In my view, Jane Shang and other senior administrators have worked overtime to keep the public’s prying eyes out of city business.  This includes the imposition of onerous fees and other hoops designed to frost the windows at City Hall and hide the machinations of this wholly dysfunctional government.

Again, why?     

I sincerely hope that the Daytona Beach News-Journal doesn’t take this bullshit lying down.

In my opinion, any news organization worth its salt owes it to their consumers to dig deep and challenge pseudo-exemptions to our cherished open records law by government pencil pushers with a paranoia disorder – even on issues that don’t seem that important on their face.

Angel:             Commissioner Rob Littleton, Ormond Beach

In an open letter to the editor of the Daytona Beach News-Journal, Ormond Beach District 4 City Commissioner Rob Littleton put into words what many of us have been thinking.

As our elected officials in both municipal and county government are ramping-up an intensive “re-education” campaign designed to sell We, The People on their latest money grab – a one-half cent sales tax increase, ostensibly to fund transportation infrastructure improvements in Volusia County – Mr. Littleton is a voice of reason.

In his letter, Commissioner Littleton explained that he has a real problem with three aspects of the plan that is being foisted on us by the powerbrokers.  These include the potential for using tax dollars generated by the increase for other than transportation needs, disparities in funding distributions, and the use of public money (and staff time) to sell the tax hike with this “vaguely defined” education campaign.

Mr. Littleton asked, “Do they (constituents) want their property tax dollars used to sell this to the voters?” 

According to a dubious private study, bought and paid for by that Star Chamber of uber-wealthy elitists over at the Volusia CEO Business Alliance, voters will most likely support the half-cent measure – but it will require a disciplined, well-funded, and well-executed campaign plus strong and nearly universal support from the local governments through the county.”

Well, it appears Mr. Littleton is one servant-leader who is not in lock-step with the crowd.

It takes political courage for a lone public official to stand up, speak the truth, and ask the hard questions – especially when certain last names are involved.

The fact is, given the abysmal track record of Volusia County’s current administration – and the very real fear that any tax increase will ultimately be hijacked and diverted for things other than the original selling point – Mr. Littleton is right to be skeptical of the motivations of those who stand to benefit most.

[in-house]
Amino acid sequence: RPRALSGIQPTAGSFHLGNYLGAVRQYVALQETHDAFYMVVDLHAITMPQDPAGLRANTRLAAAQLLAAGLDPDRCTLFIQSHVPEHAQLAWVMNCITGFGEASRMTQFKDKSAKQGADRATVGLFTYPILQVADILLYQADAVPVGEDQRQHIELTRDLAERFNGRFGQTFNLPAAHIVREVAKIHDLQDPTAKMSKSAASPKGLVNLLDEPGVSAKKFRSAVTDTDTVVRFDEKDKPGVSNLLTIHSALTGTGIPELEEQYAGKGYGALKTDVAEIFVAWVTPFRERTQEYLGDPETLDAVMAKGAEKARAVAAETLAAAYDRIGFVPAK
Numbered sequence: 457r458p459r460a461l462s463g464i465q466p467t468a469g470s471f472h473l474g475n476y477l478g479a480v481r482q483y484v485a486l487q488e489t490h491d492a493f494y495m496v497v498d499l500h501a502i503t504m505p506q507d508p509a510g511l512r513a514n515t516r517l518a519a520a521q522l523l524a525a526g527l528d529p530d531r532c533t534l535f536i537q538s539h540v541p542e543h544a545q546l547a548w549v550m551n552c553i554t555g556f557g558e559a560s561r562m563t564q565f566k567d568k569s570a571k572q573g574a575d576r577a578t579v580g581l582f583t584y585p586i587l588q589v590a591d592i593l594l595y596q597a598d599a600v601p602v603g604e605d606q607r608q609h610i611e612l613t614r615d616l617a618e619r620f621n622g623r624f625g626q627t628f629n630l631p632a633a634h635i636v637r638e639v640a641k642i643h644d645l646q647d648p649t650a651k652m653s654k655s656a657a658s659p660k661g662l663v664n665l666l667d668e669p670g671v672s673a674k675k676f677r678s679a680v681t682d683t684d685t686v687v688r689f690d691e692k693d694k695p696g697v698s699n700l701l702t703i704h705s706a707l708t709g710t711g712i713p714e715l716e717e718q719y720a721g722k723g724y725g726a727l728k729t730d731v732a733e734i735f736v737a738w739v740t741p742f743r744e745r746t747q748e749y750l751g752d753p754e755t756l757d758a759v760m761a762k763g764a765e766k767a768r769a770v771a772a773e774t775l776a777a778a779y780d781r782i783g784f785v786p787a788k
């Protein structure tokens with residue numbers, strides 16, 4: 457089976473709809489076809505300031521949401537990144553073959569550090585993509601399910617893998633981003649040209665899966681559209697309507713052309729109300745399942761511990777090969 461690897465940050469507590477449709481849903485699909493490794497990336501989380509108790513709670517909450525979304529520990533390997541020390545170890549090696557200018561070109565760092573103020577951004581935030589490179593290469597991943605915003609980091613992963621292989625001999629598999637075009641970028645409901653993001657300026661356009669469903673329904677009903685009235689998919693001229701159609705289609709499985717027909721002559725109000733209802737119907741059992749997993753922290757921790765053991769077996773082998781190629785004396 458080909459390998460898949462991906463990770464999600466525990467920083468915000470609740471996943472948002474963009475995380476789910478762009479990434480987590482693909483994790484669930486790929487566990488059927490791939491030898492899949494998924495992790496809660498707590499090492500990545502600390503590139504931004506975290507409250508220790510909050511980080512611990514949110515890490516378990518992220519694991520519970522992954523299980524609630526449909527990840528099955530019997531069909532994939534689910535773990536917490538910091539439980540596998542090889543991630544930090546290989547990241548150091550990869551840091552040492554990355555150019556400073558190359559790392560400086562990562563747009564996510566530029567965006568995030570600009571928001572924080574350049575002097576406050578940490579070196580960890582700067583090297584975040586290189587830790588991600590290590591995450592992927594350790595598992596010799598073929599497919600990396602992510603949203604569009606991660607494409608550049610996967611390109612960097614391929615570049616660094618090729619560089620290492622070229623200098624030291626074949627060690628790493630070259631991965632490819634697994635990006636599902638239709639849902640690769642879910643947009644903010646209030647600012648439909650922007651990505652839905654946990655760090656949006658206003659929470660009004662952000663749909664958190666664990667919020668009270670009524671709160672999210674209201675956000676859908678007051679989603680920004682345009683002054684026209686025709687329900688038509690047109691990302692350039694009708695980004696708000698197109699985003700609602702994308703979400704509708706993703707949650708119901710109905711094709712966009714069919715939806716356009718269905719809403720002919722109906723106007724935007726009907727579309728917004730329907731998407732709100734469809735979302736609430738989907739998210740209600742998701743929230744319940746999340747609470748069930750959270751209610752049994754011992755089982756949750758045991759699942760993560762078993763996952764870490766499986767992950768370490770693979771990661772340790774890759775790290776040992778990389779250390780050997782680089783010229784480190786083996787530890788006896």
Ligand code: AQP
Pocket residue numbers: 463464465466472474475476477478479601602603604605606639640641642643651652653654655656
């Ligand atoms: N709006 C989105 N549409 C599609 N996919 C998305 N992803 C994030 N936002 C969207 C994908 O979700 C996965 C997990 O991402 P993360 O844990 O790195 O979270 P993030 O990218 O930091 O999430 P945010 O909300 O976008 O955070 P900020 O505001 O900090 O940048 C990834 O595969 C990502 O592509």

In my view, we need more like Rob Littleton in public office.

He has demonstrated the strength of character and fortitude to stand against a very strong flow and logically consider the best interests of his constituents – rather than blindly push the self-serving notions of a few political insiders with a profit motive.

Angel:             City of Daytona Beach & First Step Shelter Board

 There is a memorable quote from a long-forgotten movie starring Danny Devito – “All I know is, the choices we make dictate the life we lead.”

I’m a strong believer in personal responsibility, and the importance of good decision-making to a happy and healthy life.  My father taught me that.

My life experience proved to me that sometimes things conspire against the best of us – and when you’re living on the ragged edge of sanity, addiction, or complete financial ruin, it doesn’t take much to end up in a living hell.

Sometimes people slip through the societal cracks.  In the Halifax area, we drive past them every day, tourists walk around them at beachside parks and they live and die in the shadows.

And we shake our heads in pity – or cuss them for what they represent in a resort area already struggling with blight.

But the question remains, do we, as a society, have a moral obligation to provide for those who cannot adequately care for themselves?  That small, but very visible, segment of our local population who – for myriad reasons – can no longer meet what Maslow described as the basic physiological needs of food, water, clothing or shelter.

Well, that is the age-old conundrum – and I certainly don’t have the answer.